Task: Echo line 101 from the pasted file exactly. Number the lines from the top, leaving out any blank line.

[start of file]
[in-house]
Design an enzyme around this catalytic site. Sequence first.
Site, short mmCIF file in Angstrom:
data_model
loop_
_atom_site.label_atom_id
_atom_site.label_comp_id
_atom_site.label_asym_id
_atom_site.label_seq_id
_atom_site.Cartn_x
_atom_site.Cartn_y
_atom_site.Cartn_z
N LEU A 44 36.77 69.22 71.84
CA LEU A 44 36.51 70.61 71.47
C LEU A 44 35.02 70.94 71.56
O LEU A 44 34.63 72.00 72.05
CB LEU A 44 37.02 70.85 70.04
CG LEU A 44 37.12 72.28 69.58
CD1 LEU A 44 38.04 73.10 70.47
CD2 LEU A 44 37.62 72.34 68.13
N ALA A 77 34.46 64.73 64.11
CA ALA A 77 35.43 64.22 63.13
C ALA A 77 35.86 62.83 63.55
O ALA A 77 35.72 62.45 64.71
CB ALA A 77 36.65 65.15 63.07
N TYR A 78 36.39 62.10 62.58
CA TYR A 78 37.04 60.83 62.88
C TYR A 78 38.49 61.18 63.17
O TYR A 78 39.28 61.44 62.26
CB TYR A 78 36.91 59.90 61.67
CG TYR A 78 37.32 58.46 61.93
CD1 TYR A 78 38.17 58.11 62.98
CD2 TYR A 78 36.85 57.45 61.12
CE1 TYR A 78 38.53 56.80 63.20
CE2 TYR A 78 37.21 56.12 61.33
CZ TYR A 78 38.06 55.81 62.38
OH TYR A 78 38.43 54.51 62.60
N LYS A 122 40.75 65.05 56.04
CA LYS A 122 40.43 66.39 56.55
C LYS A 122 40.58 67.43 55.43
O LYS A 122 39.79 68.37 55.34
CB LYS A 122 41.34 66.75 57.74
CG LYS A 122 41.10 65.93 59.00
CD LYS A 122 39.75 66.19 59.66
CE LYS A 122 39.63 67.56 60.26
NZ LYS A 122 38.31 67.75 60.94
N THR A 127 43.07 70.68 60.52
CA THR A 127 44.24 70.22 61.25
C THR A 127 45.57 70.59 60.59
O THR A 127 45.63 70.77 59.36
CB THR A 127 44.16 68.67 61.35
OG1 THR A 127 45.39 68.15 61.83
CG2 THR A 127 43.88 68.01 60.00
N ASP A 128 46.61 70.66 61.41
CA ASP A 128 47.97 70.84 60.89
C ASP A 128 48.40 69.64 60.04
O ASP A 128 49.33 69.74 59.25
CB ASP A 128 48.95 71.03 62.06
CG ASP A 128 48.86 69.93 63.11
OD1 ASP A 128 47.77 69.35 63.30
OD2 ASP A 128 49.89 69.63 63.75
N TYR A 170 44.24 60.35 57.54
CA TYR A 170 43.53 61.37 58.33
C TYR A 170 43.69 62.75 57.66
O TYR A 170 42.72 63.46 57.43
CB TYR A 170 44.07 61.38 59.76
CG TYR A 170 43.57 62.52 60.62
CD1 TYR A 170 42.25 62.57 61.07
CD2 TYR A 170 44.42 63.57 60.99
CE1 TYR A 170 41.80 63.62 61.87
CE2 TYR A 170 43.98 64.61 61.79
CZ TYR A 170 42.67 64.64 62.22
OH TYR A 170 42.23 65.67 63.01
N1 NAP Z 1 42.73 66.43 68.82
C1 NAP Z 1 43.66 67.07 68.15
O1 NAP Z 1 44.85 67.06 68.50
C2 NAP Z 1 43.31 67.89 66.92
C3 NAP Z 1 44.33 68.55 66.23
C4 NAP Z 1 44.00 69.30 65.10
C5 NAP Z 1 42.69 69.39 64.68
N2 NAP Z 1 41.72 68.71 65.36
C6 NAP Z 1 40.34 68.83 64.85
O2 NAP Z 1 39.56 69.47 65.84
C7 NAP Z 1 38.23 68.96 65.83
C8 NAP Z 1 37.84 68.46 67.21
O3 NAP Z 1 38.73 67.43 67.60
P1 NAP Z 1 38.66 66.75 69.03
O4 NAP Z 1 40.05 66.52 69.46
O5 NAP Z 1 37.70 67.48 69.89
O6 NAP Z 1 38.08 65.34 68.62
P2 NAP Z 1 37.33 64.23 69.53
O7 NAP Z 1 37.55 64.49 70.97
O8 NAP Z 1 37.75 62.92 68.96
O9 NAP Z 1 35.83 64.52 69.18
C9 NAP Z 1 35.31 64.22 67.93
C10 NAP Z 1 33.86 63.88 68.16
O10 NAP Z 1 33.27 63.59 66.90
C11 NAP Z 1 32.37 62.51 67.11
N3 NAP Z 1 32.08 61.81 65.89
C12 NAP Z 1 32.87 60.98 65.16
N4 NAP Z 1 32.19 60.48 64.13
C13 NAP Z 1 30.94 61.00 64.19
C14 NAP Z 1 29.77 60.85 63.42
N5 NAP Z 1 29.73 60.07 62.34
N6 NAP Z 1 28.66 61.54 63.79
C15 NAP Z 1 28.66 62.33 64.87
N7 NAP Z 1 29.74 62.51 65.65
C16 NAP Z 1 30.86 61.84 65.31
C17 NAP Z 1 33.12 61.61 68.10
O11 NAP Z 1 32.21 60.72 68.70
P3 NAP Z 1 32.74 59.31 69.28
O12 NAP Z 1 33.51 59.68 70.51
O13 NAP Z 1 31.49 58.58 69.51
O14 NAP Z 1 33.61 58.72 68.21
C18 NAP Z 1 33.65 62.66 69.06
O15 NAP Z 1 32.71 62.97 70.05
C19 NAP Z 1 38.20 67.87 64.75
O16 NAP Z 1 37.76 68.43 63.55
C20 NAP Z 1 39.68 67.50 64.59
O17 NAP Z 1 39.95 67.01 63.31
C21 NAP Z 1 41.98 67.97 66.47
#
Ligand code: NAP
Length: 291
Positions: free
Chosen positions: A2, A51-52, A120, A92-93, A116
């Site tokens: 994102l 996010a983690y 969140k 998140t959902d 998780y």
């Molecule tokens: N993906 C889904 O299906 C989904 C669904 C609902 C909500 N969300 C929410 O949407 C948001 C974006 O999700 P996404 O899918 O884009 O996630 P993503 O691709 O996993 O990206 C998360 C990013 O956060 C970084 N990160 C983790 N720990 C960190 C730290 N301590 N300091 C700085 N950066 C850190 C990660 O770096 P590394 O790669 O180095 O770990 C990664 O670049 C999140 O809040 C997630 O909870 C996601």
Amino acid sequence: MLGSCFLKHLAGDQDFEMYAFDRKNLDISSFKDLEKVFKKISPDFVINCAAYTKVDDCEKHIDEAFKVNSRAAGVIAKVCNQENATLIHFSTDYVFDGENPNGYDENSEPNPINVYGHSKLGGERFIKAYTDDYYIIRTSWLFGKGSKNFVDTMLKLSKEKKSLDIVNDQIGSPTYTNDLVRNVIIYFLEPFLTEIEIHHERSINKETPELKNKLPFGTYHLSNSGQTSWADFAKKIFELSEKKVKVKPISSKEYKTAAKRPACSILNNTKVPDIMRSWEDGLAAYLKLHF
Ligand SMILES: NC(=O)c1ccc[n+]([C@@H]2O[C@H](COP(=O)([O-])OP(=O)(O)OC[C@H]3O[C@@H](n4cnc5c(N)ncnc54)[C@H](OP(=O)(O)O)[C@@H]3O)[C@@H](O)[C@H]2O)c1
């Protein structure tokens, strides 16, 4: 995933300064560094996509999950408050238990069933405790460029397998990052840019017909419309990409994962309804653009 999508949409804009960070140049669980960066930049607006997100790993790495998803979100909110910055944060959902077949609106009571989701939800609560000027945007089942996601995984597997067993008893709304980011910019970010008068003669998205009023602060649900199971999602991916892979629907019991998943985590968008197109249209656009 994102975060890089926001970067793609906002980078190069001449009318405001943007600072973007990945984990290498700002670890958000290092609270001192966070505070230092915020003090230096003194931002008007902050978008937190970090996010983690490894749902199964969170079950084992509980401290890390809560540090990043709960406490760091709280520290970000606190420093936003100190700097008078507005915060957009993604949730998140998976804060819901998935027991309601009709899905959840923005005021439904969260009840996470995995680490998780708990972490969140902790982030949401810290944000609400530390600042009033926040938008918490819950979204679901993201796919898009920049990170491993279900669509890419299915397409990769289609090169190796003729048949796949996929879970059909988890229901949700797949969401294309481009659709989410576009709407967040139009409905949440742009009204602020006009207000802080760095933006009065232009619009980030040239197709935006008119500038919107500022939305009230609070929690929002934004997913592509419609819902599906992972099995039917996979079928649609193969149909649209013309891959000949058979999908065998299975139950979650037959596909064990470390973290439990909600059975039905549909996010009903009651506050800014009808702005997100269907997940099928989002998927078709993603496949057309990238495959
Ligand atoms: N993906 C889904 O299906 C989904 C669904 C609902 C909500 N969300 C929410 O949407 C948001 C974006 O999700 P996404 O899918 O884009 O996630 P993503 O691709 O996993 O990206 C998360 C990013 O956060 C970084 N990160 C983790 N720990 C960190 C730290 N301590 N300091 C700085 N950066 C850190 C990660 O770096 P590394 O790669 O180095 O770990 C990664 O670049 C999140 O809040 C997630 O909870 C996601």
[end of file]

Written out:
N4 NAP Z 1 32.19 60.48 64.13